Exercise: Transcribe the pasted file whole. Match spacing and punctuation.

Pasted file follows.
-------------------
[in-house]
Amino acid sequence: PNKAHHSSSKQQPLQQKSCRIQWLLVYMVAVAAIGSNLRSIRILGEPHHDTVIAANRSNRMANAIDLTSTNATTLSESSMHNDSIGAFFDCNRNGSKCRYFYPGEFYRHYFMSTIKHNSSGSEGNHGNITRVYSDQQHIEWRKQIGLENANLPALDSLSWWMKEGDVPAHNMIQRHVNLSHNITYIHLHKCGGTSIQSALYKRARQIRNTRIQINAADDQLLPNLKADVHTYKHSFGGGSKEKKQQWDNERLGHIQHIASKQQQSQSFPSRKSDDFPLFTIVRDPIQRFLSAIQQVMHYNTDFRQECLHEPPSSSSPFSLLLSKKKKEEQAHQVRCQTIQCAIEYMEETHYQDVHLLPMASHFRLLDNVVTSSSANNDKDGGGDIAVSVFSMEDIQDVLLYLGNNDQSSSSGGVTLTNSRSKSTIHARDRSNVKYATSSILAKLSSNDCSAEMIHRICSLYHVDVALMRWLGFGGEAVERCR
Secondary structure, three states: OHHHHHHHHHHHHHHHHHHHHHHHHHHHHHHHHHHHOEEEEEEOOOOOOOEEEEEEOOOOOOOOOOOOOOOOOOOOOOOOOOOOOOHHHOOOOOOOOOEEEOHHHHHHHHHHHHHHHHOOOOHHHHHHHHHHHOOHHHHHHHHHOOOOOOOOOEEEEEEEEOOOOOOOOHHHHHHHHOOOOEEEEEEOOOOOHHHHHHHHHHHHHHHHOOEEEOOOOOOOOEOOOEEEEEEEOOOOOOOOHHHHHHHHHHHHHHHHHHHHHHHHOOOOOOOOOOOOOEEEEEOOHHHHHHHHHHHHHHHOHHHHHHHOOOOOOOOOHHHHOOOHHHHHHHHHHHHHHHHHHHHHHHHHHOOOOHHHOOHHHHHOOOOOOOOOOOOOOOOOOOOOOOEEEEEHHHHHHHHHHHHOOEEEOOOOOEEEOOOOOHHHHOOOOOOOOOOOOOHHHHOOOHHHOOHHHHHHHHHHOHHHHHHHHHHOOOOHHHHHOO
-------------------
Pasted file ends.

[in-house]
Amino acid sequence: PNKAHHSSSKQQPLQQKSCRIQWLLVYMVAVAAIGSNLRSIRILGEPHHDTVIAANRSNRMANAIDLTSTNATTLSESSMHNDSIGAFFDCNRNGSKCRYFYPGEFYRHYFMSTIKHNSSGSEGNHGNITRVYSDQQHIEWRKQIGLENANLPALDSLSWWMKEGDVPAHNMIQRHVNLSHNITYIHLHKCGGTSIQSALYKRARQIRNTRIQINAADDQLLPNLKADVHTYKHSFGGGSKEKKQQWDNERLGHIQHIASKQQQSQSFPSRKSDDFPLFTIVRDPIQRFLSAIQQVMHYNTDFRQECLHEPPSSSSPFSLLLSKKKKEEQAHQVRCQTIQCAIEYMEETHYQDVHLLPMASHFRLLDNVVTSSSANNDKDGGGDIAVSVFSMEDIQDVLLYLGNNDQSSSSGGVTLTNSRSKSTIHARDRSNVKYATSSILAKLSSNDCSAEMIHRICSLYHVDVALMRWLGFGGEAVERCR
Secondary structure, three states: OHHHHHHHHHHHHHHHHHHHHHHHHHHHHHHHHHHHOEEEEEEOOOOOOOEEEEEEOOOOOOOOOOOOOOOOOOOOOOOOOOOOOOHHHOOOOOOOOOEEEOHHHHHHHHHHHHHHHHOOOOHHHHHHHHHHHOOHHHHHHHHHOOOOOOOOOEEEEEEEEOOOOOOOOHHHHHHHHOOOOEEEEEEOOOOOHHHHHHHHHHHHHHHHOOEEEOOOOOOOOEOOOEEEEEEEOOOOOOOOHHHHHHHHHHHHHHHHHHHHHHHHOOOOOOOOOOOOOEEEEEOOHHHHHHHHHHHHHHHOHHHHHHHOOOOOOOOOHHHHOOOHHHHHHHHHHHHHHHHHHHHHHHHHHOOOOHHHOOHHHHHOOOOOOOOOOOOOOOOOOOOOOOEEEEEHHHHHHHHHHHHOOEEEOOOOOEEEOOOOOHHHHOOOOOOOOOOOOOHHHHOOOHHHOOHHHHHHHHHHOHHHHHHHHHHOOOOHHHHHOO